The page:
As I wrote in the last Saturday’s FOUN email, I do not believe Washington and many others really grasp and understand the commitment and determination of the people of Ukraine, what motivates the people.
I wrote my views on what drives the people of Ukraine and why many here simply cannot understand because the Ukrainians are doing something we have never had to do.
In her Philadelphia Inquirer article below, Tudy Rubin provides more on this subject from conversations with Ukrainians fighting the war and who are trying to understand us.
My own view is that if the people of the United States genuinely understood what is at stake for Ukraine and for us, they would passionately embrace the cause and push our government to do far more – to give Ukraine what it needs to defeat Russia now.
THE PHILADELPHIA INQUIRER
Why Ukraine’s Fight Is America’s Fight
By Trudy Rubin | Columnist
Published Aug. 23, 2023, 5:00 am ET
I do not include the photo that accompanied the published article but include a map showing the popular December 1, 1991, voting for independence. The weakest majority was in the heavily Russified Crimea but would still be seen as a comfortable majority in an American election. [RAM]
Many Americans support Ukraine, but too many fail to understand that Kyiv is fighting authoritarianism now so we won't have to later.
On my recent trip to Ukraine, I met with a friend who is now a commander on the front line, someone I highly respect and have known since before Russia invaded last year. He posed a question I think Americans should ponder.
“Why don’t Americans have optimism about Ukraine?” he asked me in a darkened restaurant in a frontline city. “Americans fought for independence against the most powerful empire at that time, the British, who had the world’s best military. Many of the American fighters were farmers. Yet you won. So why don’t you believe in our fight?”
Of course, many Americans do support Ukraine. But too many fail to understand that Ukraine is battling a dictator, Vladimir Putin, who longs to restore the Russian empire.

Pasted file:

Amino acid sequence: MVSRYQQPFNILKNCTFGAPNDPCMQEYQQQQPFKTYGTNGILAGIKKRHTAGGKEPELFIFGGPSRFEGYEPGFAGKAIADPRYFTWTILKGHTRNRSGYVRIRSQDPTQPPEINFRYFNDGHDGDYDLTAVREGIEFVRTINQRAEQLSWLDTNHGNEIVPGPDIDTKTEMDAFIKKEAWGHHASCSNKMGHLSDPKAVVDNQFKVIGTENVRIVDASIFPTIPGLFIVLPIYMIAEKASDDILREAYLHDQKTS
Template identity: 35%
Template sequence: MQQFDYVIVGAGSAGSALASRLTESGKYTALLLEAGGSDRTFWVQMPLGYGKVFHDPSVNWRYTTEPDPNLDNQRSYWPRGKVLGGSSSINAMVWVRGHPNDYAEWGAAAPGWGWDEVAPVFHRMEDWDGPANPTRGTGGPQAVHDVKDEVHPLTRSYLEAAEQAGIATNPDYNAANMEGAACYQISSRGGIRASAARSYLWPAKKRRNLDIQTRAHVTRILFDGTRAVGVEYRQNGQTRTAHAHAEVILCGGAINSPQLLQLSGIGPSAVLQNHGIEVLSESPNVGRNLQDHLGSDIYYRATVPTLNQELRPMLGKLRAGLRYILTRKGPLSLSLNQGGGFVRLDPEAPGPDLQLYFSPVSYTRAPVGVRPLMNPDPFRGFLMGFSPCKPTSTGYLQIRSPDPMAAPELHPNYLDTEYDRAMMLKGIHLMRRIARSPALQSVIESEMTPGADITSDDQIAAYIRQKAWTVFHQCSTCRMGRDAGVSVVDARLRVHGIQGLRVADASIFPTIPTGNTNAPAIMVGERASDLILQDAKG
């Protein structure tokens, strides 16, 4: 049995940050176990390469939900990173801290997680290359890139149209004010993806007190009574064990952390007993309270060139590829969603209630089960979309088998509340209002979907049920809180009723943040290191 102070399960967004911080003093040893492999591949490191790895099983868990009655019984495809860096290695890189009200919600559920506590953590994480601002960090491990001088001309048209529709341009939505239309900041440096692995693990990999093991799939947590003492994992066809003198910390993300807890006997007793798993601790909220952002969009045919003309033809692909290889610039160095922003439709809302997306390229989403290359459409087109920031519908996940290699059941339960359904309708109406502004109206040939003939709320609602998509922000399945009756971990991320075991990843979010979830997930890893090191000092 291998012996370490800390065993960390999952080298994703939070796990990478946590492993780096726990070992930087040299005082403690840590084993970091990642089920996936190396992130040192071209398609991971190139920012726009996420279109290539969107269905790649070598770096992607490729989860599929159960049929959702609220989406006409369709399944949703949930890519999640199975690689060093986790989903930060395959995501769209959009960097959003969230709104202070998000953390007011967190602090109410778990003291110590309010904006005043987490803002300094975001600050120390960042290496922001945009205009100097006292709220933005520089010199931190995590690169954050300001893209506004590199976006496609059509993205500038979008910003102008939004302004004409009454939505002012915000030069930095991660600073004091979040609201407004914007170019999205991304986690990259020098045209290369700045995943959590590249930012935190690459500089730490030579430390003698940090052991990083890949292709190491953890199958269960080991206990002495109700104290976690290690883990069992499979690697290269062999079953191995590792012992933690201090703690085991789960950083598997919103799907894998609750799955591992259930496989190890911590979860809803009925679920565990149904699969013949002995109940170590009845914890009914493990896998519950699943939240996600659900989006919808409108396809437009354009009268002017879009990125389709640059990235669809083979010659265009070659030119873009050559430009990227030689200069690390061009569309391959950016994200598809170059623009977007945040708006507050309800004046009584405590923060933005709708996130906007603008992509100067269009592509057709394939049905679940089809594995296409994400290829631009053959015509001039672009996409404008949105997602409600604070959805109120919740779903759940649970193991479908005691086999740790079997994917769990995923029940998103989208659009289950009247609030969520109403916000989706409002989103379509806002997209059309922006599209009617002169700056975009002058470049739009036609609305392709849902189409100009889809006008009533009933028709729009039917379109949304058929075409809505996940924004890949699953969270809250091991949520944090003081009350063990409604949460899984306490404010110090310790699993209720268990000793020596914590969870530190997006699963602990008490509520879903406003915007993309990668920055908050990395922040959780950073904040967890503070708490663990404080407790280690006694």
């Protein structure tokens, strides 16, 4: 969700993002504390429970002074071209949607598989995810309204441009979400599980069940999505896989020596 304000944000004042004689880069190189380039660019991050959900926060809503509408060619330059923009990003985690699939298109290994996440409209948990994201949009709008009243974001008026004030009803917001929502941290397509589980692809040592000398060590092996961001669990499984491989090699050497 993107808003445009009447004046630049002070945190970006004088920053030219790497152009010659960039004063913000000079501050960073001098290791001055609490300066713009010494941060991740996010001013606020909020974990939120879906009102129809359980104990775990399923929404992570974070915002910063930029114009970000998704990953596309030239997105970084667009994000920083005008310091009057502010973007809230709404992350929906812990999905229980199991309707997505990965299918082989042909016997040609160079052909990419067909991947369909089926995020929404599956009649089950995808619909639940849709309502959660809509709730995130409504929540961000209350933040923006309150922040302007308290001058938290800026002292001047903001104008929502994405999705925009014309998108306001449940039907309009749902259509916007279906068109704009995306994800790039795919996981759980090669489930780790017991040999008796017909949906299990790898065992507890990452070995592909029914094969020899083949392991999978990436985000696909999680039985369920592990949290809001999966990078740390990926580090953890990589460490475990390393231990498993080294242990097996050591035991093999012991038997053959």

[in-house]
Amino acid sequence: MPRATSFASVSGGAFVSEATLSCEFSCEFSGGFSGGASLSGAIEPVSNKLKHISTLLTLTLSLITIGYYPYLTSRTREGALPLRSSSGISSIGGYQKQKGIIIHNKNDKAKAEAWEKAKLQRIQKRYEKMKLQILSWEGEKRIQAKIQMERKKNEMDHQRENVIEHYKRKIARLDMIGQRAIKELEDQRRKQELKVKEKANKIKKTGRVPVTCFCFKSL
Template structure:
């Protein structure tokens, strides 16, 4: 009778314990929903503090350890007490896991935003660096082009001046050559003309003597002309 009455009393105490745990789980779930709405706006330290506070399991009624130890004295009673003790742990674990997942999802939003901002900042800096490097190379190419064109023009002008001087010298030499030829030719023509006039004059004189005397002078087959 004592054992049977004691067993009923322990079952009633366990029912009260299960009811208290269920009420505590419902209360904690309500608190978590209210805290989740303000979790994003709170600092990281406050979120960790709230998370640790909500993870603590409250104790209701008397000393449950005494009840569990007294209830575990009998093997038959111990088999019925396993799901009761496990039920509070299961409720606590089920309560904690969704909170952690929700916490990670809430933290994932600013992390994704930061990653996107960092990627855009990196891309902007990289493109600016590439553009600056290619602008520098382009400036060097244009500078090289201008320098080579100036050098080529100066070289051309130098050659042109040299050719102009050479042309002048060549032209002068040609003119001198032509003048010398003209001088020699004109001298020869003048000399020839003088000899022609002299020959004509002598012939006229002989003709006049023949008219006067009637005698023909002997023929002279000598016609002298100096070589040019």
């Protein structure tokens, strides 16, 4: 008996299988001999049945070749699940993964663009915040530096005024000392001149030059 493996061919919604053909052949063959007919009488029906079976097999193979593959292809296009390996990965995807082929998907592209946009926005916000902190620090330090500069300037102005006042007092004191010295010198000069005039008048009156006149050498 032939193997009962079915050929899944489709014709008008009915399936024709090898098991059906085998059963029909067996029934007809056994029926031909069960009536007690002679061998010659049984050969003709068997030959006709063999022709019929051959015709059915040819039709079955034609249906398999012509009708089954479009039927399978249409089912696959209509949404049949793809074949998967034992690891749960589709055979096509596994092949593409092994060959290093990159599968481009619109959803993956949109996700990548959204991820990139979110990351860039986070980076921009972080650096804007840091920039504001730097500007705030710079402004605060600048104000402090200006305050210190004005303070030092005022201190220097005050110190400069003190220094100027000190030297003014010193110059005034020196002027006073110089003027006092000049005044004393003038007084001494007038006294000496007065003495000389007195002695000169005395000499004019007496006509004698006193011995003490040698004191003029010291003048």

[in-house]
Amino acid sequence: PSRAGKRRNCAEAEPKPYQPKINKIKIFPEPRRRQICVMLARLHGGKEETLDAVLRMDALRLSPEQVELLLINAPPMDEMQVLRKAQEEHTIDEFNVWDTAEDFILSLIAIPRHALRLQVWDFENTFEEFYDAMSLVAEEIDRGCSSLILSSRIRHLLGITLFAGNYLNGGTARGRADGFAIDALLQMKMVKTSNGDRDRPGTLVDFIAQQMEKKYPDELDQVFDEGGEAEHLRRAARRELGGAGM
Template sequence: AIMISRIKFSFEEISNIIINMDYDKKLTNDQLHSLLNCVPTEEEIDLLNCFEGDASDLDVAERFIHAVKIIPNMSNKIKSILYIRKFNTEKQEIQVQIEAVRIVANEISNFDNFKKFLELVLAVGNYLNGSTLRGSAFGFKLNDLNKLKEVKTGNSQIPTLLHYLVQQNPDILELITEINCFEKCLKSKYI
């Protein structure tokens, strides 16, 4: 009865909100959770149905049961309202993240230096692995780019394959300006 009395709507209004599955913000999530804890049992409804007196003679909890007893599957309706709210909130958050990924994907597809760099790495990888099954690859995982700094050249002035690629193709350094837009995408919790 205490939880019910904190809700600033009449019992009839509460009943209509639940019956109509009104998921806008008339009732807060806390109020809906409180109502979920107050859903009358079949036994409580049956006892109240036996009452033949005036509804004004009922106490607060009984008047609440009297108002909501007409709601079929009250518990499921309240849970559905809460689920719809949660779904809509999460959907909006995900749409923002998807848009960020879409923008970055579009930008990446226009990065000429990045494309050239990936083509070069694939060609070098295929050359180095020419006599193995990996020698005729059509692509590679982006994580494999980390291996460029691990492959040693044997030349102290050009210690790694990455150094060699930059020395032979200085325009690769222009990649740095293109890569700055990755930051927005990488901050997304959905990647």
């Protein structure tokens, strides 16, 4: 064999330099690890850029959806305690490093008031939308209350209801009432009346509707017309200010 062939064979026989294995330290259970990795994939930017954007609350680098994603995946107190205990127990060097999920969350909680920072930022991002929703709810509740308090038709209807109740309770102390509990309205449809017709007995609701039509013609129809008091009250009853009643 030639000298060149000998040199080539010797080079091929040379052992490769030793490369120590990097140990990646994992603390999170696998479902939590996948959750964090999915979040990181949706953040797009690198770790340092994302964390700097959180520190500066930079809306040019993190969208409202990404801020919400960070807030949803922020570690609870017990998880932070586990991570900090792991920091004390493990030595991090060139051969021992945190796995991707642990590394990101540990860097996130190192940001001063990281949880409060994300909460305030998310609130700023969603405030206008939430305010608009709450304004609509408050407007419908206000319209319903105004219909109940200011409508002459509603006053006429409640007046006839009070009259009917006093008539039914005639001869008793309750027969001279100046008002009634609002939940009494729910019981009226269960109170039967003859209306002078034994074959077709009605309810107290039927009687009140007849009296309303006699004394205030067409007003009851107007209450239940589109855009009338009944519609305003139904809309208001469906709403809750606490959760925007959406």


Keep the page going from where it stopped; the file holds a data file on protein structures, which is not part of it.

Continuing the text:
Putin has declared that Ukraine has no right to exist as a sovereign nation. He already claims to have “annexed” four Ukrainian provinces, giving him control of the country’s seacoast.
Ukraine is not, as many critics would have it, fighting NATO’s war on behalf of Washington. It is fighting its own war of independence. And contrary to the claims of many MAGA Americans and even some progressives, this struggle is important to the United States.
Of course, there are considerable historical differences between our war for independence and Ukraine’s fight for survival.
Russia has a massive superiority in murderous weaponry that was unimaginable in the 18th century, including nukes. (Kyiv gave away its nuclear weapons to Russia in 1994 in return for the Kremlin’s promise to respect its sovereignty.)
However, Moscow’s brutish strengths underline the David vs. Goliath nature of the struggle, not unlike the unbelievable chutzpah it took for America’s ragtag patriots to take on the Brits.
Moreover, just as colonial American patriots were a different breed from the Brits, despite a shared history, most Ukrainians are very different from Russians.
Those differences have enabled the Ukrainians to advance as far as they have.
Russians are mostly fighting because they have to or for money. Ukrainians are fighting for their country’s freedom from imperial domination.